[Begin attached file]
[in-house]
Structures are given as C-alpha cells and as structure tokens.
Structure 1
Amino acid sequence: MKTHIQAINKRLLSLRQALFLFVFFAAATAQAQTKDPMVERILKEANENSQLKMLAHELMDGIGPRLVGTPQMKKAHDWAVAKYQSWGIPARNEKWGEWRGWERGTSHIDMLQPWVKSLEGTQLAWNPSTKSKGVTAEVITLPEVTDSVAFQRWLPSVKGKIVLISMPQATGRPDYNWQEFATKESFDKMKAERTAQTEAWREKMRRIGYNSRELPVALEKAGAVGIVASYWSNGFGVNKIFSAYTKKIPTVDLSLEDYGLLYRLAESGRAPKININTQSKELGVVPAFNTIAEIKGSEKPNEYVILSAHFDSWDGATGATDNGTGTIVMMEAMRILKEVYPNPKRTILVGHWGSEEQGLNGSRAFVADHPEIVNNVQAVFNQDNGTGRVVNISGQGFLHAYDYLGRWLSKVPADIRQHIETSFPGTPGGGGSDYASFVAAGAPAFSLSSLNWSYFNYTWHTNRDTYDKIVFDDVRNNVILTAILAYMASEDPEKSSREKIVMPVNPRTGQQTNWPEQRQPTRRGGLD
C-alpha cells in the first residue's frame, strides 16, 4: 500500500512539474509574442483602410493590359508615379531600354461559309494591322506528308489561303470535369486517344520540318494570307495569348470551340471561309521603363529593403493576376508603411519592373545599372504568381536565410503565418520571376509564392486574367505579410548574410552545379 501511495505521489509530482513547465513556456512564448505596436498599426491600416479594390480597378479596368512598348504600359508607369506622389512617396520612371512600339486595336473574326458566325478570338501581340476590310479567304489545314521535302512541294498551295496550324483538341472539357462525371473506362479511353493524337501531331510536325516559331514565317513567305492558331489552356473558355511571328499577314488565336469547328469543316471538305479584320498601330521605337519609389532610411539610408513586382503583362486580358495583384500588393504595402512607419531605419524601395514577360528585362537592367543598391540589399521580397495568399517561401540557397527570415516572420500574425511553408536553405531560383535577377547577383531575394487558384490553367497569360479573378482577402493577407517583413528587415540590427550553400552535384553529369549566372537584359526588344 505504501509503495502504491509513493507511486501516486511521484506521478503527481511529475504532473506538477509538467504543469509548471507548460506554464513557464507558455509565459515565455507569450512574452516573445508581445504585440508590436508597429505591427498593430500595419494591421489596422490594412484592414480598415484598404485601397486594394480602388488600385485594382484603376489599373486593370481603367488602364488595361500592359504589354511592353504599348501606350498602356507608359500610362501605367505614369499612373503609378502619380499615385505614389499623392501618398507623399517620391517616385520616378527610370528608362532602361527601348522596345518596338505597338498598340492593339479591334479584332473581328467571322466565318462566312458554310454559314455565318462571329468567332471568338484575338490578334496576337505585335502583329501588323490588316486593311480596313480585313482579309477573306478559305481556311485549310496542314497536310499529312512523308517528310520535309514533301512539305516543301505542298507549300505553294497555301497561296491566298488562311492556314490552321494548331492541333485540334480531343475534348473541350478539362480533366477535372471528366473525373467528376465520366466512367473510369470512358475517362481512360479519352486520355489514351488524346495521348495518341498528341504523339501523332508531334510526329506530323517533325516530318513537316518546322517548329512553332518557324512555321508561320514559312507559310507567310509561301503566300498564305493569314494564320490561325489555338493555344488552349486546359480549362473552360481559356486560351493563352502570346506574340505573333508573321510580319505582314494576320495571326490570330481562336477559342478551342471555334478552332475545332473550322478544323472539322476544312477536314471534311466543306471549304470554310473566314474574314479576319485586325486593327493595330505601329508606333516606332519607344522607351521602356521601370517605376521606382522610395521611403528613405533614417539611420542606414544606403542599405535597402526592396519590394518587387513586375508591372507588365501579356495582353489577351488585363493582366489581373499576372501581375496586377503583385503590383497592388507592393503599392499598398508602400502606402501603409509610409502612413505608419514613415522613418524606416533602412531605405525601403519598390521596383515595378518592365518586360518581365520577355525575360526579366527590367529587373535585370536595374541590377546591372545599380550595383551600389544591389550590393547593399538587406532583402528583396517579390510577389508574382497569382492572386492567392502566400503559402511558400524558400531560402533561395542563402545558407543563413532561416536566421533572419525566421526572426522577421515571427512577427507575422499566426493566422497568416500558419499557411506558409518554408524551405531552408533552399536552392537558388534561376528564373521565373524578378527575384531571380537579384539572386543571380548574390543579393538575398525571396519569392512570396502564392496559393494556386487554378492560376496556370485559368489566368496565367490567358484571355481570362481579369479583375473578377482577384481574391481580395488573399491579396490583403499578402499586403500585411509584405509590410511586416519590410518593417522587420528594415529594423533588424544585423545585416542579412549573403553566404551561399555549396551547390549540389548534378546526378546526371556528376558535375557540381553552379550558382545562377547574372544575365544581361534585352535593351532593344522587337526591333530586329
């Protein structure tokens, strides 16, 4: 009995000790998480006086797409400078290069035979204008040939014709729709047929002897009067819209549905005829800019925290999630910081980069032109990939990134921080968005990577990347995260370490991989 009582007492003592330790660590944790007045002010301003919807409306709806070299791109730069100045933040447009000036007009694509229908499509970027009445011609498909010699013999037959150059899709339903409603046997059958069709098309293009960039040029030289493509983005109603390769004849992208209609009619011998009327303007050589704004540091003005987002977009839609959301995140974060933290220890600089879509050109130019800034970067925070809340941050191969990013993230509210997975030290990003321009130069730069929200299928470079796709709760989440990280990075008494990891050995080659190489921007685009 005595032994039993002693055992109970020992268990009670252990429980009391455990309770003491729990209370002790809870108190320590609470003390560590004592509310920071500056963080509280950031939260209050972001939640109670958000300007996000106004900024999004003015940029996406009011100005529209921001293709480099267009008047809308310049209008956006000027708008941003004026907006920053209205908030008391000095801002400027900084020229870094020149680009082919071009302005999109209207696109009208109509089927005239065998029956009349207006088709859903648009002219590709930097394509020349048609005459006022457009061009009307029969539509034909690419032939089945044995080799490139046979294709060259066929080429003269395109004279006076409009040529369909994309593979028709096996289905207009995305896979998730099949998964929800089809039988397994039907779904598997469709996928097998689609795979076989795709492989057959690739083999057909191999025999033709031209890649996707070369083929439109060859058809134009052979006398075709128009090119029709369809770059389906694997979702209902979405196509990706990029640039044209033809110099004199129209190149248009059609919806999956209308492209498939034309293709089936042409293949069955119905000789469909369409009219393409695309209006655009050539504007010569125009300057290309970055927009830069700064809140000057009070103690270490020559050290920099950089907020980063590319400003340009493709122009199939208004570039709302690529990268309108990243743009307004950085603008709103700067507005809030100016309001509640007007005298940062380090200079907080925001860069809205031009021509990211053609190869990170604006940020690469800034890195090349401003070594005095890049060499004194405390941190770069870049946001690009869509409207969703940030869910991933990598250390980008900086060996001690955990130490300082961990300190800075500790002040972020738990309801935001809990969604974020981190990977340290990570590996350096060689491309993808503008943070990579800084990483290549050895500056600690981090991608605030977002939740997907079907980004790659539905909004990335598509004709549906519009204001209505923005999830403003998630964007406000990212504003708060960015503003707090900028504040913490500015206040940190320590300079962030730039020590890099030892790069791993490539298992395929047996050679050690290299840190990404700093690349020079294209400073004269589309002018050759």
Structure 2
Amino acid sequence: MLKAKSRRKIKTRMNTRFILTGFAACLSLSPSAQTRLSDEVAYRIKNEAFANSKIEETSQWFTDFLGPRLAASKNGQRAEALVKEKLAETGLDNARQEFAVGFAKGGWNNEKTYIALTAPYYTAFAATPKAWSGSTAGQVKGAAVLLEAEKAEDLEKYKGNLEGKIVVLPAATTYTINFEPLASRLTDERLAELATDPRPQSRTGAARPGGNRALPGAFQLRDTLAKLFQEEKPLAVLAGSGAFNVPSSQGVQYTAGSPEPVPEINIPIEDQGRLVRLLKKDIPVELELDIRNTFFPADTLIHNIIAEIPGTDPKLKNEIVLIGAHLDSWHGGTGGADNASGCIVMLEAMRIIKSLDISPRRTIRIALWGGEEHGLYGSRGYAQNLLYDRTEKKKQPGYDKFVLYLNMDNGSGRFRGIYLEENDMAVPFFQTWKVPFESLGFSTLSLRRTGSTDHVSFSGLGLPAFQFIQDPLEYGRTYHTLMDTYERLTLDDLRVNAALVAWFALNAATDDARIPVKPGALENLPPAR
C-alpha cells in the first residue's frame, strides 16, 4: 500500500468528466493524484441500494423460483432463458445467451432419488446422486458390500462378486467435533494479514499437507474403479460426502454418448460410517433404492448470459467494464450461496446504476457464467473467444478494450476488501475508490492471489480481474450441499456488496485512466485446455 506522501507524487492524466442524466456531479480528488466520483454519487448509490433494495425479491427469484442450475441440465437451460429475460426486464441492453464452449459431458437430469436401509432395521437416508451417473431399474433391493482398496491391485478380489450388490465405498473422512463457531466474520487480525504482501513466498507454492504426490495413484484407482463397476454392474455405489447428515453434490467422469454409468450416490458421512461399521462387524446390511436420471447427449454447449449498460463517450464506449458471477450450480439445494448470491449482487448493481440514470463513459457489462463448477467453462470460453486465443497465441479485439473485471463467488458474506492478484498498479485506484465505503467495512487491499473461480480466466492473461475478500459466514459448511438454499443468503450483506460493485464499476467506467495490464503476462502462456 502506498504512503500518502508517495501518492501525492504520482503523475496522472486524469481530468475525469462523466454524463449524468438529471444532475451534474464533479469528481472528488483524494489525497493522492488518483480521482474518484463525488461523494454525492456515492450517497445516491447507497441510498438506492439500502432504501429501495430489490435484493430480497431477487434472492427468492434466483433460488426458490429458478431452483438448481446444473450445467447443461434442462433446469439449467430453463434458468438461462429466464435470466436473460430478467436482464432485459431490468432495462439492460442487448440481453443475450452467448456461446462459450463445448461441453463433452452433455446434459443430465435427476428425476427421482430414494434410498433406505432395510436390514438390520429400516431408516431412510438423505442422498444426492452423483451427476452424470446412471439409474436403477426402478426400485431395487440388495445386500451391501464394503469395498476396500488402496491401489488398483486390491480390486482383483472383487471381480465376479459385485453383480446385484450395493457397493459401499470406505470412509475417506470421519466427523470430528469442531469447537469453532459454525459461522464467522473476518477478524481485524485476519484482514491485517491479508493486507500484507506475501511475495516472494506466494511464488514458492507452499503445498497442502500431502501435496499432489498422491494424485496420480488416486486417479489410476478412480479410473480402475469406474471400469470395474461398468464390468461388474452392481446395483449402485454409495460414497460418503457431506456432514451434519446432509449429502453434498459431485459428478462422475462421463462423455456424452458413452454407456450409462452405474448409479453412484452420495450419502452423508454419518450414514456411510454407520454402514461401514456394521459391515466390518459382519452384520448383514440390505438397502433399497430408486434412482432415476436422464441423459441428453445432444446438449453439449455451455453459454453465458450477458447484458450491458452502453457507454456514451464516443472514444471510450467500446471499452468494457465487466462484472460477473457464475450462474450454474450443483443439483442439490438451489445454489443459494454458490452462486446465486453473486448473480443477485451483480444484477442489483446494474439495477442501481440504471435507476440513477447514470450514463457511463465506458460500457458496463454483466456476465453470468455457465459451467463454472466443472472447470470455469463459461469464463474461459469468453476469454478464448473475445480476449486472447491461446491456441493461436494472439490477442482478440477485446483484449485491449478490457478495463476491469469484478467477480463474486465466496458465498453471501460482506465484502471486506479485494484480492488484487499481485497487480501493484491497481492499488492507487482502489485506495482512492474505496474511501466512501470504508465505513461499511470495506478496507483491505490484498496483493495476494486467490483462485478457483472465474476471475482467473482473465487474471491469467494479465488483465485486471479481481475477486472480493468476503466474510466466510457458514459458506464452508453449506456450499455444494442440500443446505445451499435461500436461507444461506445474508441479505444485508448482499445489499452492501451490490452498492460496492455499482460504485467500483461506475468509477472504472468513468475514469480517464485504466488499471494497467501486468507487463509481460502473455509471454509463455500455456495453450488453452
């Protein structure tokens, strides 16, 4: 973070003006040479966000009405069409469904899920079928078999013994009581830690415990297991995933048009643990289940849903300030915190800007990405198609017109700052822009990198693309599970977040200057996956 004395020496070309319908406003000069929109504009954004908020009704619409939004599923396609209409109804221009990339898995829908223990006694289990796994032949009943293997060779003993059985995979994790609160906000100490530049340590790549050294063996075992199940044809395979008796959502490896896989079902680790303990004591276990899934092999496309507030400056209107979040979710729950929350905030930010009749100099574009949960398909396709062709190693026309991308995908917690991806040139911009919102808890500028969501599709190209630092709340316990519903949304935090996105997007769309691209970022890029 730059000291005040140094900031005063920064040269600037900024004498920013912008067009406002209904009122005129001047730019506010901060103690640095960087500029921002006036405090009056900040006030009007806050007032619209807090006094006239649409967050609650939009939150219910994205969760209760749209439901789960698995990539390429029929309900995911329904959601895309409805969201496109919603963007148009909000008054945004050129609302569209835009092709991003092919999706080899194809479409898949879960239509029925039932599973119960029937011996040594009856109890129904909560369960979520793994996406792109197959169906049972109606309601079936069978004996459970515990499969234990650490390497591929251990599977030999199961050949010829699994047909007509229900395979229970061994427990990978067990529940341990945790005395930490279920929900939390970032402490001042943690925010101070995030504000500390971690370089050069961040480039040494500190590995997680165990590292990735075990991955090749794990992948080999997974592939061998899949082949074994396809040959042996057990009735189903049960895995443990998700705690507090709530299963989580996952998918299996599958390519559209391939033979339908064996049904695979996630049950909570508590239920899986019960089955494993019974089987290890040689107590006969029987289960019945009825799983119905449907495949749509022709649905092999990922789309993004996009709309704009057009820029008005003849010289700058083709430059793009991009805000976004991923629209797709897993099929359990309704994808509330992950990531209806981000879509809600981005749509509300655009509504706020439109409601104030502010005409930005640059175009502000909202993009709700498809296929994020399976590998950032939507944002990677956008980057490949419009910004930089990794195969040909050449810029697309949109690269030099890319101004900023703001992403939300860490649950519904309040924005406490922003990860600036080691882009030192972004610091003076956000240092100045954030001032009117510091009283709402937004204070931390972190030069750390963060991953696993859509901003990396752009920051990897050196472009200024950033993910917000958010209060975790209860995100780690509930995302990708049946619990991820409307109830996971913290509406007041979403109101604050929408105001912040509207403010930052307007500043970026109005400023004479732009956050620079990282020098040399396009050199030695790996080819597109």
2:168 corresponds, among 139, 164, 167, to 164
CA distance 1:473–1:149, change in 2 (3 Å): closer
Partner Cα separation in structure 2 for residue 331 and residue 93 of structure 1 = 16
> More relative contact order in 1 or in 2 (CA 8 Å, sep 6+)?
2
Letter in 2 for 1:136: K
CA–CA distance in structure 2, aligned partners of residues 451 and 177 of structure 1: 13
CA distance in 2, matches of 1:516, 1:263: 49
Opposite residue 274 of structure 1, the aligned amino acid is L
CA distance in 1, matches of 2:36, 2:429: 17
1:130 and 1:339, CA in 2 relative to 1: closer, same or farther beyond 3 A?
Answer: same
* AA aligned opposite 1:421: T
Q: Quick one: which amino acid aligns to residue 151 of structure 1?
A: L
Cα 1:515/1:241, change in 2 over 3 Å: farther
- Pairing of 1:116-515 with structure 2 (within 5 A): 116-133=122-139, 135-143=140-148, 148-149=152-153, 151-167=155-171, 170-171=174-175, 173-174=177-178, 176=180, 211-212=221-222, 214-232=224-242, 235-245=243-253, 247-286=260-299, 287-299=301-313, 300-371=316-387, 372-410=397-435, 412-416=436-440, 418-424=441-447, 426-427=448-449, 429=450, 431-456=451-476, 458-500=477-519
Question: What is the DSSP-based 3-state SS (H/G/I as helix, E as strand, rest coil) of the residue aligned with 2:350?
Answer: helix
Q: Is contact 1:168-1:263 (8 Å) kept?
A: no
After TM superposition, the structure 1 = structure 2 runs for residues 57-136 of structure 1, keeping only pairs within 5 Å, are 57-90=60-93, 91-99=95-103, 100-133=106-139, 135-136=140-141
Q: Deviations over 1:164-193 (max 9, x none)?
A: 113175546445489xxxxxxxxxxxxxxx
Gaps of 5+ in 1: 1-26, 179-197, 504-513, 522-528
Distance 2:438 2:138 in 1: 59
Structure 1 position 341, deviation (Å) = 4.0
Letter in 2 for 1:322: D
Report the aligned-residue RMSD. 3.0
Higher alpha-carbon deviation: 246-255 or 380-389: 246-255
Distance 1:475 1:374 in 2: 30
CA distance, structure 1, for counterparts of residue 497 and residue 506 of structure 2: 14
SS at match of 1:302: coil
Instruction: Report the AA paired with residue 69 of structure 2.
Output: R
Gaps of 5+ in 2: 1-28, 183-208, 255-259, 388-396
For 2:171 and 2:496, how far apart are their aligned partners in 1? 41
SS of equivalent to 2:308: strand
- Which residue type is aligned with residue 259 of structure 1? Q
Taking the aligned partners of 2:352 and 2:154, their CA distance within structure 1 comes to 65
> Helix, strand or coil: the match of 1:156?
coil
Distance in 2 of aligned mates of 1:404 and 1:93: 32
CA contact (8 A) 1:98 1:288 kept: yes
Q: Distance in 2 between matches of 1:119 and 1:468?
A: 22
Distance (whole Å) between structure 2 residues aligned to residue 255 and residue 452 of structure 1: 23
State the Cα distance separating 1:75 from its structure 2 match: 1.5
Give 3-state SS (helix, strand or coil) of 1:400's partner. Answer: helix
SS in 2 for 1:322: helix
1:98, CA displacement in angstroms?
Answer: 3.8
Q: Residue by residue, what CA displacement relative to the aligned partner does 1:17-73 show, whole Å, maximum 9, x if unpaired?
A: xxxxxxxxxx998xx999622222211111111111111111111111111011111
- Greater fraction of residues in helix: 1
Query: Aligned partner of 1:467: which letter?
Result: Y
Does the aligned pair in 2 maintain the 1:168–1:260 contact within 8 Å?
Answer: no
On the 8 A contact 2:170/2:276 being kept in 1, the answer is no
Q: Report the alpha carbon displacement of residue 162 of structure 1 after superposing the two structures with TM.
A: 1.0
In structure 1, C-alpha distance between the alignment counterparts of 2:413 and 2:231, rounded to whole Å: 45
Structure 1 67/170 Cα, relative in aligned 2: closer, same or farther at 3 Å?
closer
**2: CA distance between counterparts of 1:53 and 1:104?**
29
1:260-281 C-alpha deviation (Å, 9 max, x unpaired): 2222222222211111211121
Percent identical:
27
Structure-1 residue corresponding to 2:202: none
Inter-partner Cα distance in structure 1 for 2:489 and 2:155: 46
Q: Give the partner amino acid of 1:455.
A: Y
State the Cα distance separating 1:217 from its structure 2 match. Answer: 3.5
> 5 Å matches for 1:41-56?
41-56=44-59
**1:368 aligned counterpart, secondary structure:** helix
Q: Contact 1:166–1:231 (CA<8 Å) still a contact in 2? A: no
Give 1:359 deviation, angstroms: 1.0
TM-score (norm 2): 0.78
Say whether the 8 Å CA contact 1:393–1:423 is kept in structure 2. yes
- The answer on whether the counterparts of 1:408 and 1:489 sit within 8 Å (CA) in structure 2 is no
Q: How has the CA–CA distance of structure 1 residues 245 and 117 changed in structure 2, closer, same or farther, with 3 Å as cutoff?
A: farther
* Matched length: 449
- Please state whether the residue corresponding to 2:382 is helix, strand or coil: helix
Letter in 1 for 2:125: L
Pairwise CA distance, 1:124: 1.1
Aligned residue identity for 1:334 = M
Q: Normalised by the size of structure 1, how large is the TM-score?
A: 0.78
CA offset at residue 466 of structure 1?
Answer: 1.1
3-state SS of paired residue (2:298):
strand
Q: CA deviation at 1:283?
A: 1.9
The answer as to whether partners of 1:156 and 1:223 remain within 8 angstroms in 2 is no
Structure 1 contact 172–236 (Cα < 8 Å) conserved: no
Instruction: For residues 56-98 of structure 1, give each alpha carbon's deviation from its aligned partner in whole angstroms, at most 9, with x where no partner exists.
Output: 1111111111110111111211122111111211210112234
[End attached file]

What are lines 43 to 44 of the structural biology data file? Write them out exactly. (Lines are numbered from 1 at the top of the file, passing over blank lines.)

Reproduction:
SS at match of 1:302: coil
Instruction: Report the AA paired with residue 69 of structure 2.